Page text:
An effective way to ensure you are getting enough liquids is to sip only a small amount at a time. Start by drinking one tablespoon of clear liquid every 15 minutes. Once you can tolerate that amount, increase it to 2 tablespoons and so on. It may not do much to quench your thirst, but it will keep you hydrated which will lessen the severity of the upset stomach and will speed recovery. In addition, drinking an average of 6 to 8 glasses of water can help keep your intestines functioning better, which will help flush out toxins and virus particles. Other fluids that can help keep you properly hydrated include:
- Fruit juices
- Clear broths
- Caffeine-free tea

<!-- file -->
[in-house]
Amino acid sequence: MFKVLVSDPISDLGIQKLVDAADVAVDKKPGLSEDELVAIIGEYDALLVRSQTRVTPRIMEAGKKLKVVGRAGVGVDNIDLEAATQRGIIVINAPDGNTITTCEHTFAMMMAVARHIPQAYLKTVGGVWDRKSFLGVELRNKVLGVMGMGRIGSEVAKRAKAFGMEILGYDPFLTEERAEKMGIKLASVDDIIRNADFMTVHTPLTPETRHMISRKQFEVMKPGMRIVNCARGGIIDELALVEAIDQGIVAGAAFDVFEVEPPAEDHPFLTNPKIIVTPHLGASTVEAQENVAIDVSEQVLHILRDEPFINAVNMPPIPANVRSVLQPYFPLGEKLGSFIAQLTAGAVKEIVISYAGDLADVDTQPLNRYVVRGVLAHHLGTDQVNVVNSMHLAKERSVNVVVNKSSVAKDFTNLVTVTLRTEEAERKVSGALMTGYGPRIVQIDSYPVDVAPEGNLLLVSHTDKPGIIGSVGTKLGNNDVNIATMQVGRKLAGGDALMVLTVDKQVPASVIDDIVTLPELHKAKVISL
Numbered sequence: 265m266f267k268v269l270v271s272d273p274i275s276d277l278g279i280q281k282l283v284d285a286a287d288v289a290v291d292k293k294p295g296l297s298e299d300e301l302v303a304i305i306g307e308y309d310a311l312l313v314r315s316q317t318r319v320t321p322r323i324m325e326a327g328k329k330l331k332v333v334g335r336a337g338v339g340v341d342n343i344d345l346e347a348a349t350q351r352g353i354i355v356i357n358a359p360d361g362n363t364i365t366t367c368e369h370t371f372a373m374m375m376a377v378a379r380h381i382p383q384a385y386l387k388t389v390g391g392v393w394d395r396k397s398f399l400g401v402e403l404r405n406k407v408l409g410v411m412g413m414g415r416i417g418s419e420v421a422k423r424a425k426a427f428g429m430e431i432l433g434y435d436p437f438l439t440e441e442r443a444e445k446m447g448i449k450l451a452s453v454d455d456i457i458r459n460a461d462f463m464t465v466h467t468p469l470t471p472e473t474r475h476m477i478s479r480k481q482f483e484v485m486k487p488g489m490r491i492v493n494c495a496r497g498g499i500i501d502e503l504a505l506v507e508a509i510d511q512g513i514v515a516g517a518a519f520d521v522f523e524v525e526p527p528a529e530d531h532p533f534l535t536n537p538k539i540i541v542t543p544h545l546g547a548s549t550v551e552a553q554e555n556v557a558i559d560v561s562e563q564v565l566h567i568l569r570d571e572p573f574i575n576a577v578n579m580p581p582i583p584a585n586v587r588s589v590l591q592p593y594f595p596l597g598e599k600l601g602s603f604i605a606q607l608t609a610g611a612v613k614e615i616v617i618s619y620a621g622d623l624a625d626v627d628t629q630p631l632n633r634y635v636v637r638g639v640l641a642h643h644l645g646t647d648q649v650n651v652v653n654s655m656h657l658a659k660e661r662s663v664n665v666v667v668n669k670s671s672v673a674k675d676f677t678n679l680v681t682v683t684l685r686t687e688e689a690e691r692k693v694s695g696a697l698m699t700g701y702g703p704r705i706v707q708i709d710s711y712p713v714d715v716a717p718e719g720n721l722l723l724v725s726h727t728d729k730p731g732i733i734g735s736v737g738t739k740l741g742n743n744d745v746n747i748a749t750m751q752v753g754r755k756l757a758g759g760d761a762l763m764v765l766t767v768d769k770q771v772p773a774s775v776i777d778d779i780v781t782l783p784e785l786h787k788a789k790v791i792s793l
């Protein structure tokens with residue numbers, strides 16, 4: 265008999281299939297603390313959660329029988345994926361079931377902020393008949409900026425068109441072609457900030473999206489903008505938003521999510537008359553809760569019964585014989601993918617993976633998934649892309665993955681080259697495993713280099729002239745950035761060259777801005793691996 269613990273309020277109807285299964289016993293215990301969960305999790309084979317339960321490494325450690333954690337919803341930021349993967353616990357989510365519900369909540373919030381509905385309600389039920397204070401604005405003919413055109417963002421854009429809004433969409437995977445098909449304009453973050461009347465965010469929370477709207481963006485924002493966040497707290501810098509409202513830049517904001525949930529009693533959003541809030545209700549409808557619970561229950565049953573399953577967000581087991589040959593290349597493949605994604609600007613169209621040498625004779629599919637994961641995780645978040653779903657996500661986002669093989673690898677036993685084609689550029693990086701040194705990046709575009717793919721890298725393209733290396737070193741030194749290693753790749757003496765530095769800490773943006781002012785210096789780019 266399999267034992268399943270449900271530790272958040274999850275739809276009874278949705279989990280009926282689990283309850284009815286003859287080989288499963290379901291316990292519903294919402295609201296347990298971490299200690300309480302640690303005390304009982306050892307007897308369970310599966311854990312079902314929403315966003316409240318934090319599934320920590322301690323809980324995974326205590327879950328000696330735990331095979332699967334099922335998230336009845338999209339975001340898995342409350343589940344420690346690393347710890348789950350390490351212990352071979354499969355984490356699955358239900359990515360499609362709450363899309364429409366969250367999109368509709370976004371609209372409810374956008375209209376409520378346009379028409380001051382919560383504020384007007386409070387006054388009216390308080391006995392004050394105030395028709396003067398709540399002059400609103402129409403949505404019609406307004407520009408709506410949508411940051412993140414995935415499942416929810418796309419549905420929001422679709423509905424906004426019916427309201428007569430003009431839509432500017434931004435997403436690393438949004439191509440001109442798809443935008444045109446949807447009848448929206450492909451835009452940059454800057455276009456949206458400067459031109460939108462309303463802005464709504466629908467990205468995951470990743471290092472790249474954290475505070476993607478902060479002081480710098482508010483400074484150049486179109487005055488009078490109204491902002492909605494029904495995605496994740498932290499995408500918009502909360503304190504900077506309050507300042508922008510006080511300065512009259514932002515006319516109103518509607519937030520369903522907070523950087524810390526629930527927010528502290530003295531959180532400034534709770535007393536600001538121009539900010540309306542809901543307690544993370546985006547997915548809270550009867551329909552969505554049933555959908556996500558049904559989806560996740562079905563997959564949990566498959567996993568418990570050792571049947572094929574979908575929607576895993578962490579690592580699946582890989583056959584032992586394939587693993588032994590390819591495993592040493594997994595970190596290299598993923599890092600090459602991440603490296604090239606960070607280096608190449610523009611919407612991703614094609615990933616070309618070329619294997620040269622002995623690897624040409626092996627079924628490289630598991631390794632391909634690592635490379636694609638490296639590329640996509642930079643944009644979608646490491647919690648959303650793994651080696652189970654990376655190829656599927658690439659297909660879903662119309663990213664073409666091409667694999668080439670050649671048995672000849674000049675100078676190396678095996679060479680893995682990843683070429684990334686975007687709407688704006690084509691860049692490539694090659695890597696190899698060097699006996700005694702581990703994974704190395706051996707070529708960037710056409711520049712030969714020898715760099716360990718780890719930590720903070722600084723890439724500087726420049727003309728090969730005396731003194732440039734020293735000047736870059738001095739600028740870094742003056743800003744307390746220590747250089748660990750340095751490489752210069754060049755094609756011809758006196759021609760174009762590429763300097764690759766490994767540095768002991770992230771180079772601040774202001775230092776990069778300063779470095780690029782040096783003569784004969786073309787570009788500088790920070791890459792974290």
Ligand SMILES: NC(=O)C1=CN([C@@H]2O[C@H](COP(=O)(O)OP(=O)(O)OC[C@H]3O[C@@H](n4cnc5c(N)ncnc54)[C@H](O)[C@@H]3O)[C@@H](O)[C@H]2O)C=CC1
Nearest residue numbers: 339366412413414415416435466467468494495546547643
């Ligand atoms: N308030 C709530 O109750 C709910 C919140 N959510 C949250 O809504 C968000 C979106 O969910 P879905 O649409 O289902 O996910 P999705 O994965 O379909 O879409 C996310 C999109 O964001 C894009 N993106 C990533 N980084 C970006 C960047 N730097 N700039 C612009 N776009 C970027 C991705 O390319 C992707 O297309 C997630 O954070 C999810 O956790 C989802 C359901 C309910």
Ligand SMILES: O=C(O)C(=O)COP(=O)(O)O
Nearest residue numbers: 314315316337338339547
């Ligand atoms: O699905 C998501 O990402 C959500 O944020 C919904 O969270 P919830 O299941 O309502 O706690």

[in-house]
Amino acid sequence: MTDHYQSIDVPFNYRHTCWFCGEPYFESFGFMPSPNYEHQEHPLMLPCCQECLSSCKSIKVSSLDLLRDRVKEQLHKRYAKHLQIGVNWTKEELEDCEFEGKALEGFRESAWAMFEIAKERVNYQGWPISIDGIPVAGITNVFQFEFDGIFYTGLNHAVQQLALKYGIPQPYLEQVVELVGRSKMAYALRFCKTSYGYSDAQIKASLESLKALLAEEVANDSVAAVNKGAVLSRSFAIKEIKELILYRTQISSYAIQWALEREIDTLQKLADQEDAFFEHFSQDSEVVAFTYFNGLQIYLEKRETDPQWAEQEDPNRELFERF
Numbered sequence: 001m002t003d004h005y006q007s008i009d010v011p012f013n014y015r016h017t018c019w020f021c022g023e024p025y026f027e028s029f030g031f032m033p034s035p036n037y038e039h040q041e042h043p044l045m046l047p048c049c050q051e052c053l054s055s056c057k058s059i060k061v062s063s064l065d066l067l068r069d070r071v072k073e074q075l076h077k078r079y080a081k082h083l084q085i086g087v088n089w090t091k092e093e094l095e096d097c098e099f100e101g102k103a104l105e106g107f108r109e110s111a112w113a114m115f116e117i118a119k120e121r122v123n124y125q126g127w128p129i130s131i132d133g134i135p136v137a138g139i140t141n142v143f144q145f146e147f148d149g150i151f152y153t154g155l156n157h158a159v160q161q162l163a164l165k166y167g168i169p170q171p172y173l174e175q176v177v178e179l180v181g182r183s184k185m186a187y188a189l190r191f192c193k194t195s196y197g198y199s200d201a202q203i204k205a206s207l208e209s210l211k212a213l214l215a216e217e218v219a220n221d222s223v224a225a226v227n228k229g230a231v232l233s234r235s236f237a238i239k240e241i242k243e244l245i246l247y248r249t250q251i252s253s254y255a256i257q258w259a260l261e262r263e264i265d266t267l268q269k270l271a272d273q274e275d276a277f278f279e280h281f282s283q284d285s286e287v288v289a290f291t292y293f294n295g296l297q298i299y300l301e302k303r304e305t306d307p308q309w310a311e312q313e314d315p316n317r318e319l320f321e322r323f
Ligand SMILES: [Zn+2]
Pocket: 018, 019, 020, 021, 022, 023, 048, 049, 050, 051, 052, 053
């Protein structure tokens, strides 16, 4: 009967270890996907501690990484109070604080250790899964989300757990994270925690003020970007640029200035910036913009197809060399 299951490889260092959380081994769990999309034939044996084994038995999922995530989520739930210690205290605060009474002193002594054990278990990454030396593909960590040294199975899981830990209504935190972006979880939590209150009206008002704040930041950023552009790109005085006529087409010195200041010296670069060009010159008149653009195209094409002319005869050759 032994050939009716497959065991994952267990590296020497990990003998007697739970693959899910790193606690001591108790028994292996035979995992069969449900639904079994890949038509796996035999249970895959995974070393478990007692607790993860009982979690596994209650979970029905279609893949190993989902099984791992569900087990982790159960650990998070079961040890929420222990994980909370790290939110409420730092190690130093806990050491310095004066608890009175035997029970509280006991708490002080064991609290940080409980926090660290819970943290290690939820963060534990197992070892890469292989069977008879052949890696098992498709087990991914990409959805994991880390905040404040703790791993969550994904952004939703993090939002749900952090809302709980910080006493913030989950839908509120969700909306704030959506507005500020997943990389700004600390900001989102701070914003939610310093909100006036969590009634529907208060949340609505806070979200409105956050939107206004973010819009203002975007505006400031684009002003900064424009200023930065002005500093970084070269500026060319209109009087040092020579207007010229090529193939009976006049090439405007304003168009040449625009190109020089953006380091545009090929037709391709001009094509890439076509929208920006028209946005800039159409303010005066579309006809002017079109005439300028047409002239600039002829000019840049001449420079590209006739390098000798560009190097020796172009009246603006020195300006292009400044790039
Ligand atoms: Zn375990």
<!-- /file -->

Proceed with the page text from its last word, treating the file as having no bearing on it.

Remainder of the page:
- Sparkling water
- Sports drinks
3. Stock Up On Ginger
Ginger has a long history of use in relieving stomach pain and helping to ease an upset stomach. Ginger has an anti-inflammatory effect on the body, which can help reduce inflammation in the stomach and intestines. It is a digestive aid that helps transport food effectively through the digestive tract. Ginger can be chewed raw or made into a tea.
While there are several ginger tea varieties available, fresh ginger in its pure state is the most potent and therefore the most effective at relieving stomach pain. You can make a fresh cup of ginger tea by first peeling and grating the ginger, then placing ½ teaspoon in a cup of hot water. Allow it to sit for up to 3 minutes then strain out the ginger and drink the tea. You can also try natural ginger ale (stay away from sweetened varieties and those that contain high fructose corn syrup) and ginger candy.
4. Eat Caraway Or Fennel Seeds